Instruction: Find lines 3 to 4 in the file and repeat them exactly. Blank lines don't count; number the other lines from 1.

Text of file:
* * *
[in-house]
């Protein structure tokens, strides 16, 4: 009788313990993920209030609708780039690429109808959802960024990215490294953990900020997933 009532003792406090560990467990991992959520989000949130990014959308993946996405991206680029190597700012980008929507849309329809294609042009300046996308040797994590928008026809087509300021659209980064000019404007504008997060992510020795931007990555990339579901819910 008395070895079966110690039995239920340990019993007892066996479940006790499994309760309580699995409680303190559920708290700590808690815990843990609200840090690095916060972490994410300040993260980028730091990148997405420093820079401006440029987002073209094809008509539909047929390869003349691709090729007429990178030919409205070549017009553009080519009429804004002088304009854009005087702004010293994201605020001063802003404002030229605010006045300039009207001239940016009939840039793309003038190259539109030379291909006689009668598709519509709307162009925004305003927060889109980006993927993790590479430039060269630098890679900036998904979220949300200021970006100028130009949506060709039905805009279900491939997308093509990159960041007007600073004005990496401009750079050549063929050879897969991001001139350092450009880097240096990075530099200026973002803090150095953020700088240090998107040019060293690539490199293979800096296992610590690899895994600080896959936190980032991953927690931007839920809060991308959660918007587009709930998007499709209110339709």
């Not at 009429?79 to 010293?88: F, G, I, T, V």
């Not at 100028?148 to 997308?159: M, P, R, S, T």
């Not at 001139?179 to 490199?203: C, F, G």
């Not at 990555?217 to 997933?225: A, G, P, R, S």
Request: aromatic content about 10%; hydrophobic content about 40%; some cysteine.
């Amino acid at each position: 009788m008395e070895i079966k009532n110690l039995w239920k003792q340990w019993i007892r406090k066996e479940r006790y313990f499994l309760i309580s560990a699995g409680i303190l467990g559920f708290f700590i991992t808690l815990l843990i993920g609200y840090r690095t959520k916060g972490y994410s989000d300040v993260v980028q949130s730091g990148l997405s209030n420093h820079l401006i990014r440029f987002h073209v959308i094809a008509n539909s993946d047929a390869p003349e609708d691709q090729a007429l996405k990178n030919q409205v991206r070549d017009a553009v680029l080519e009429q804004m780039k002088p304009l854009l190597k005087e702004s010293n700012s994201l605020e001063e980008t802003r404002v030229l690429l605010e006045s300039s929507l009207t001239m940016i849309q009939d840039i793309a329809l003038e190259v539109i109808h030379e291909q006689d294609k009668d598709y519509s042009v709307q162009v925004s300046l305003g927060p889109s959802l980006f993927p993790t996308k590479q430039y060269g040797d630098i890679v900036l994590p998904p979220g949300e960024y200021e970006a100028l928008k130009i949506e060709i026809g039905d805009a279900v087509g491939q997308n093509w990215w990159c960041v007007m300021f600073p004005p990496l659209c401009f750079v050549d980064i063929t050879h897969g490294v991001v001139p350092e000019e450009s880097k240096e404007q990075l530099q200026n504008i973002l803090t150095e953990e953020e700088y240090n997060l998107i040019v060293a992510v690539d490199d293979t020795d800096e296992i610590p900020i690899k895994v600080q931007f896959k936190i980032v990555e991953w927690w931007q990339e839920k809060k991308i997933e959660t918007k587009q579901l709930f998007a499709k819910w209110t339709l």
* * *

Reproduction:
């Not at 009429?79 to 010293?88: F, G, I, T, V």
């Not at 100028?148 to 997308?159: M, P, R, S, T």